A fisherman of another kind…

A fisherman of another kind...

Photo by Cleve Nash

This is the fourth in a series of tales about the “famous and not-so-famous birds of Morro Rock.”

The bird I am speaking of is our resident osprey, a magnificent and colorful large bird of prey. He does not make his home on the rock but he visits there frequently. Most of the time, he is in and around the bay. Perching on sailboats, fishing vessels, lamp posts, etc. Morro Bay, you might say, is his home. In the five or six years I’ve watched him, he has never had a mate or nest site. I don’t know if he is male or female.
The nearest thing to a home was a tree at the west end of the Morro Bay Museum/marina parking lot. There you would find him in the tree and Cleve Nash on the ground with camera in hand. The water was very shallow there even at high tide. This explains why he was able to take the flounder and diving ducks such as the Bufflehead, in the photo below, although he is able to catch prey at three meters in depth.
One day I asked Cleve if he ever got a shot of him entering the water with his talons stretched straight out in front. This he does at the very last second before hitting the water. Cleve responded at that time that he had taken over 900 photos and hadn’t gotten that one yet. When it comes to photography, Cleve is relentless and stubborn with his subjects. One time while shooting White-tailed Kites near San Simeon, Cleve stood for a long period of time with a camouflage drape over himself. A Cooper’s Hawk landed on the lens of his 500 mm camera eighteen inches from his face. This is dedication!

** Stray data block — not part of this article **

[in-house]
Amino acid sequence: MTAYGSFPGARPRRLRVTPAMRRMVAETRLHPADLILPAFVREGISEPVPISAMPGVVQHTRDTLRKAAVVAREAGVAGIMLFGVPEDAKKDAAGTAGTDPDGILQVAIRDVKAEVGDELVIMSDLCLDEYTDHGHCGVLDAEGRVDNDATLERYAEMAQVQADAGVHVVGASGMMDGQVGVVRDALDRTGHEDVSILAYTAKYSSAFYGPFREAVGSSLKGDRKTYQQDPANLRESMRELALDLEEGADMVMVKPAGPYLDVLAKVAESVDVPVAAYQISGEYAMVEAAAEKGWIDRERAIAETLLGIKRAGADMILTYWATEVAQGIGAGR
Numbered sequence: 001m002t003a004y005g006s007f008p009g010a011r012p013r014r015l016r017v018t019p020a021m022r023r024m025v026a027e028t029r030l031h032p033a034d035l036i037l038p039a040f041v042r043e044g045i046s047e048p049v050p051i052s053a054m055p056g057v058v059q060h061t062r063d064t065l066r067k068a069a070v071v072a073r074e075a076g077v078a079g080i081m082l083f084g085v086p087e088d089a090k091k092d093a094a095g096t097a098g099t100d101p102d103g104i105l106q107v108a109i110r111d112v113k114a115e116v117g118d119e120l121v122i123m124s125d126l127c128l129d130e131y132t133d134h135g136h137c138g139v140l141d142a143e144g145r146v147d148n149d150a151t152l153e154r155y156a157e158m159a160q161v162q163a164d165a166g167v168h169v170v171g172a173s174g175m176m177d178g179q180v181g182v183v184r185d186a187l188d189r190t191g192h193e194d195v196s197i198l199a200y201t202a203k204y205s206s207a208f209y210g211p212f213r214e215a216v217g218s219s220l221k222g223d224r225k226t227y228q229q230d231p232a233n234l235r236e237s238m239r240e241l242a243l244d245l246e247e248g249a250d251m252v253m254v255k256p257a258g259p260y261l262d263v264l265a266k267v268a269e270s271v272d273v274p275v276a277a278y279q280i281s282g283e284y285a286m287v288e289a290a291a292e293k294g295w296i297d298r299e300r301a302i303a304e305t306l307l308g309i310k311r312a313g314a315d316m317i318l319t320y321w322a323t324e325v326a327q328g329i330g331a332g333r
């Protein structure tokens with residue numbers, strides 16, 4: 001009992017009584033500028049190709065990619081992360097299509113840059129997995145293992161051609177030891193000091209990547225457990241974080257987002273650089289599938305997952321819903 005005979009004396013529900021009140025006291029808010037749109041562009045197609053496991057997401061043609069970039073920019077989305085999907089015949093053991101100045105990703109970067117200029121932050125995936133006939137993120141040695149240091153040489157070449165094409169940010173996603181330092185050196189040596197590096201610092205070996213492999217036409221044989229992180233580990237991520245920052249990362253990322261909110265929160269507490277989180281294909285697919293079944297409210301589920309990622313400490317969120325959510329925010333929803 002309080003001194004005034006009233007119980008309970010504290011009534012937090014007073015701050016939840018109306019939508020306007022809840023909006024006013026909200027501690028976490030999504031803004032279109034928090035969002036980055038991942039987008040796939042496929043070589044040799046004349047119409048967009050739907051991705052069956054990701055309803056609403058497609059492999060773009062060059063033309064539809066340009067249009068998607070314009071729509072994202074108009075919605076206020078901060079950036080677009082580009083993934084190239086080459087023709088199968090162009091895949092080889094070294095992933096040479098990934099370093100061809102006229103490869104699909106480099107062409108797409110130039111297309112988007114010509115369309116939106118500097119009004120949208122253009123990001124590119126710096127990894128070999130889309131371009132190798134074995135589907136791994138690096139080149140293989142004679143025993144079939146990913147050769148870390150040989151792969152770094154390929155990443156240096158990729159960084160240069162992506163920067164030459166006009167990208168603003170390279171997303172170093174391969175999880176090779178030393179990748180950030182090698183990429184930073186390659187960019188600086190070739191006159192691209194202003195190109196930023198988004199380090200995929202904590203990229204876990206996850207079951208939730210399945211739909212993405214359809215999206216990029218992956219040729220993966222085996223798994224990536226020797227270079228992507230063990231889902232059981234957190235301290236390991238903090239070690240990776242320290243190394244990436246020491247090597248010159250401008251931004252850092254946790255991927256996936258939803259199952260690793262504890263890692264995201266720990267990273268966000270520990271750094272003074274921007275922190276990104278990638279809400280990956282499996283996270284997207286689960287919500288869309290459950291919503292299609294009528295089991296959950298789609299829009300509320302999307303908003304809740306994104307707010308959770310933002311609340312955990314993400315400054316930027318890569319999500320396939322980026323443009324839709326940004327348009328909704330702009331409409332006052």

The osprey’s favorite tree fell down last year. Now he and a great egret fuss over a tree nearby. I tried to get some people interested in putting up a tall pole with a tire on top to attract a mate, but I’m not a politician and nothing came of it. He’s still here and roams the bay and if you walk the waterfront to look at the bay or sunset and see scales falling from the sky. It’s just the osprey on the lamp post above your head enjoying his evening repast.
Happy trails, Bob
P.S. The fish is a Starry Flounder.

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The Pacific Coast Peregrine Watch is here to inform birders, students and all people who are eager to know about these handsome peregrines. We want you to enjoy and be able to use our on-site powerful spotting scopes. We are available to answer your questions about the pair of falcons that have been observed for many years.
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